Children  Japan Project #13568

School of Fun for Children in Fukushima

by Academy Camp Vetted since 2013 Site Visit Verified
School of Fun for Children in Fukushima
School of Fun for Children in Fukushima
School of Fun for Children in Fukushima
School of Fun for Children in Fukushima
School of Fun for Children in Fukushima
School of Fun for Children in Fukushima
School of Fun for Children in Fukushima
School of Fun for Children in Fukushima
School of Fun for Children in Fukushima
School of Fun for Children in Fukushima
School of Fun for Children in Fukushima
School of Fun for Children in Fukushima
School of Fun for Children in Fukushima
School of Fun for Children in Fukushima
School of Fun for Children in Fukushima
School of Fun for Children in Fukushima
School of Fun for Children in Fukushima
School of Fun for Children in Fukushima
School of Fun for Children in Fukushima
School of Fun for Children in Fukushima
School of Fun for Children in Fukushima
School of Fun for Children in Fukushima
School of Fun for Children in Fukushima
School of Fun for Children in Fukushima
School of Fun for Children in Fukushima
School of Fun for Children in Fukushima
School of Fun for Children in Fukushima
More girls joined this camp than before
More girls joined this camp than before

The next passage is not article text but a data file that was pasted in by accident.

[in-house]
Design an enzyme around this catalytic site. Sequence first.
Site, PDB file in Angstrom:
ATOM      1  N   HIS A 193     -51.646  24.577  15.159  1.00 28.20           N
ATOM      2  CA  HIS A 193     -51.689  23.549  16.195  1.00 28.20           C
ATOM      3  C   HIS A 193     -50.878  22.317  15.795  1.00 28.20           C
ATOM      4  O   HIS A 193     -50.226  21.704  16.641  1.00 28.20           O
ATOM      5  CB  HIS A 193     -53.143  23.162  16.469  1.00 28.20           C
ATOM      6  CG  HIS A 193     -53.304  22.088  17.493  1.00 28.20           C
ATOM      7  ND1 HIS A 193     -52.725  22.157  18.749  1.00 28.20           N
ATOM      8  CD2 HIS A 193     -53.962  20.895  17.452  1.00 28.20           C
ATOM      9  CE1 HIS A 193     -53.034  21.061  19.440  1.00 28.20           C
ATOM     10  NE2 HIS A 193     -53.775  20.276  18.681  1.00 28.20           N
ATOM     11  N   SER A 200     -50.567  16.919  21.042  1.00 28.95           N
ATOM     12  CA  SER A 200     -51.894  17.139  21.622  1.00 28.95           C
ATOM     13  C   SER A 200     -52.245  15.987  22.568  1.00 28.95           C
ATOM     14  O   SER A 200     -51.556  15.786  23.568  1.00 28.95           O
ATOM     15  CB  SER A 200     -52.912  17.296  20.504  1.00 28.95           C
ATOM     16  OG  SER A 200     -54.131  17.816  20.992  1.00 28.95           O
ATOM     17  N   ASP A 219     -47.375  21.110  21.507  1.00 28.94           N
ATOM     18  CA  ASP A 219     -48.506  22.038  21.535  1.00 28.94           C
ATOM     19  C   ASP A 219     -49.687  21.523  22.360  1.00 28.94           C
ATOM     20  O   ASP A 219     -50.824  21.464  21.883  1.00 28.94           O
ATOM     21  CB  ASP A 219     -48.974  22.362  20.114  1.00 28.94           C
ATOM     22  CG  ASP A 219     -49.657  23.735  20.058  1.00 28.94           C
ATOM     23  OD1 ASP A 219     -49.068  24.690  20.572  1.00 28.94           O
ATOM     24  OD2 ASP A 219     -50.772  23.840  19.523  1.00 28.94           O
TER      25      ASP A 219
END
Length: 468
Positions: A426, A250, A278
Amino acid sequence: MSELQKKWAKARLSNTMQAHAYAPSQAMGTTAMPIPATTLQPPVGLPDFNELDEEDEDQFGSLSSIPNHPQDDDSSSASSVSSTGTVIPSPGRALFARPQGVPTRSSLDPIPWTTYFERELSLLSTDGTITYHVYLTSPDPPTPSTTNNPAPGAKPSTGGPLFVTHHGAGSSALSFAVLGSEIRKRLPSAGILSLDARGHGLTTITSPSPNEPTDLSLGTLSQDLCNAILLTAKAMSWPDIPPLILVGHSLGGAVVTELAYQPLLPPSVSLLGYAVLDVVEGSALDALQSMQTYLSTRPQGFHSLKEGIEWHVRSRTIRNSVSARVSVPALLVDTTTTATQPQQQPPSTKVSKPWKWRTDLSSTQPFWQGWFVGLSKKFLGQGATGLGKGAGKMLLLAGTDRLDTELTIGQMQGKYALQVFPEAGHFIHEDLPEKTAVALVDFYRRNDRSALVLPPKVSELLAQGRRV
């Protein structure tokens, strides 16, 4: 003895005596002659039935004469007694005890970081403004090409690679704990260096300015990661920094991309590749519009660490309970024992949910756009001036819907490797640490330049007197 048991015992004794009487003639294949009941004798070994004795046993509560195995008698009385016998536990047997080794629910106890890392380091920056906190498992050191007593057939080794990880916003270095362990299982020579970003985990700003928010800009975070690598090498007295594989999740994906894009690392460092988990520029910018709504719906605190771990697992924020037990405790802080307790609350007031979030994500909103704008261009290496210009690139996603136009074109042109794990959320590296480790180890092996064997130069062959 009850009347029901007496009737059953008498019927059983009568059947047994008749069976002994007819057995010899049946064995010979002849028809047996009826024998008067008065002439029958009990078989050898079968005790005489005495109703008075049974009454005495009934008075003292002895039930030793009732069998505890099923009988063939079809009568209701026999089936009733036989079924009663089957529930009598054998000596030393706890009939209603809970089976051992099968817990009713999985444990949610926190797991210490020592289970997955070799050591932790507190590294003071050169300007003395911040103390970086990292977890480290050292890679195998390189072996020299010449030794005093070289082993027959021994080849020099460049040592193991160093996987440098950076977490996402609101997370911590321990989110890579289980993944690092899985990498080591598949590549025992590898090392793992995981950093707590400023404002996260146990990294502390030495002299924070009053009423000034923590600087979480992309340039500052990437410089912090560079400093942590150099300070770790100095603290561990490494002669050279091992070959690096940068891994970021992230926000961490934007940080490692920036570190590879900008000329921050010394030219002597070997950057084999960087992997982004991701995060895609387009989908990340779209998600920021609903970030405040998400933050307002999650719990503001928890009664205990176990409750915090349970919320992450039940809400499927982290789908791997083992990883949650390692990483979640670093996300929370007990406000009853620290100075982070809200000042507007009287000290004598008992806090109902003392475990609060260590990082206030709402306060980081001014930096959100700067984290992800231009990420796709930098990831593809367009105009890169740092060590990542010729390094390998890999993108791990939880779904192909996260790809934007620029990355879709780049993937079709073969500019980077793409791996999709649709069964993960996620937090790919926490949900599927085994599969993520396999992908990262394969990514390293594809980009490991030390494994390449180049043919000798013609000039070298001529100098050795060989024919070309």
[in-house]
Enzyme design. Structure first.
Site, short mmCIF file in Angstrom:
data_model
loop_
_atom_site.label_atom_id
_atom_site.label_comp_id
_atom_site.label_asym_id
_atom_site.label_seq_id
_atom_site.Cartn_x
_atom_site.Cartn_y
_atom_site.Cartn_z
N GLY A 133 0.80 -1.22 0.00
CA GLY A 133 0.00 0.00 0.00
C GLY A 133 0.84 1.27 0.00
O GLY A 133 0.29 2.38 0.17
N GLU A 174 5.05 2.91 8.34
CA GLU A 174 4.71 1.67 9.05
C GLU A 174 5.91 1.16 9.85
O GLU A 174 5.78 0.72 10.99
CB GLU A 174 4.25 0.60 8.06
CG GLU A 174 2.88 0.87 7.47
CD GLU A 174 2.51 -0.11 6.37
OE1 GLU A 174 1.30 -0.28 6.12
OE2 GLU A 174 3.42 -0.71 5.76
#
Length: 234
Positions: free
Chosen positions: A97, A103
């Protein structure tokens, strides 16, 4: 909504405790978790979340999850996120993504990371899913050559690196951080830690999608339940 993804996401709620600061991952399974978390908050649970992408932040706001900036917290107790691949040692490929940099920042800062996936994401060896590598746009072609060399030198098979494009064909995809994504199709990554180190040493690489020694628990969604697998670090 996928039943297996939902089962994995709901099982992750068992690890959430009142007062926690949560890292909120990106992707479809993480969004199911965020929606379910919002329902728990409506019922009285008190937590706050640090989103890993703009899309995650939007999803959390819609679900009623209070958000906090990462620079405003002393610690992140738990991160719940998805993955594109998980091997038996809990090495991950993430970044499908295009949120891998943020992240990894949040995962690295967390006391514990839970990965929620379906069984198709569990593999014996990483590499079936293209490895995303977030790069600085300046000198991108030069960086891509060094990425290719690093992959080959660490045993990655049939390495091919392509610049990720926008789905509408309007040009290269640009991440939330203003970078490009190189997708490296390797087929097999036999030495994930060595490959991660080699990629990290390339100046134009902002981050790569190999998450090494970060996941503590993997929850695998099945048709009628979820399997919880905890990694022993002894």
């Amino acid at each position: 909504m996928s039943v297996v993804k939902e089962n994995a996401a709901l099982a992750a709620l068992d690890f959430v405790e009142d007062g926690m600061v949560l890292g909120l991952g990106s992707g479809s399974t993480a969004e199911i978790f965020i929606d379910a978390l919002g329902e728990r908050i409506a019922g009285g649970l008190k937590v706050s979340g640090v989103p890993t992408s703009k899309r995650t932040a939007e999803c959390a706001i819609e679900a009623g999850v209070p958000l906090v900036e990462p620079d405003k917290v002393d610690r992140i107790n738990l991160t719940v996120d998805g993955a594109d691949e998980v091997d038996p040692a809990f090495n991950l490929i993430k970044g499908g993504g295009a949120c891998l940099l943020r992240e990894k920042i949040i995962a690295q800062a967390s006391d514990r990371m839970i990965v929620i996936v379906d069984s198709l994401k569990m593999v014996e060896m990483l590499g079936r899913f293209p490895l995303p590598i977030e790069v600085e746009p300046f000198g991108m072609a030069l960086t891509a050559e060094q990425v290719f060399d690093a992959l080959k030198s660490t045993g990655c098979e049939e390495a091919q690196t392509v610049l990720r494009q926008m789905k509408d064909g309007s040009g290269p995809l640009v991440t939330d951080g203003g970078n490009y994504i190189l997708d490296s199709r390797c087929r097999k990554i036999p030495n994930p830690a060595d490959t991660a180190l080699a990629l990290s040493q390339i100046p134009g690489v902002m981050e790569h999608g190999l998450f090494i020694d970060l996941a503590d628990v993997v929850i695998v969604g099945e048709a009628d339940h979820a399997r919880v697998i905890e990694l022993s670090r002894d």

Please find a Japanese version of this report here.

We have held our first camp this year during a three-day weekend of Feb. 9-11, at Shonan Fujisawa Campus (SFC), Keio University, in Fujisaway City, Kanagawa Prefecture, Japan. The camp was named "Automation for Girls - Kawaii can be Automated!", where we made a pursuit of the sense of kawaii through programming robotic balls and rhythm machines.

We named the camp "for Girls" and yet also welcomed boys, because our recent motto is to "bring all children onto the dohyo (means a sumo ring, and often used as a metaphor like the word arena)" (We are being sarcastic against the fact that last year, Japanese Sumo Association requested that girls should not be allowed on the dohyo of children's sumo competition.) 13 girls and 13 boys (elementary and junior high school students from Fukushima) participated, with 1-girl / 2-boy sub-leaders (high school students from Fukushima) and 3-female / 2-male leaders (university or college students from both Fukushima and Kanto region). We think this is well gender-balanced than our recent previous camps.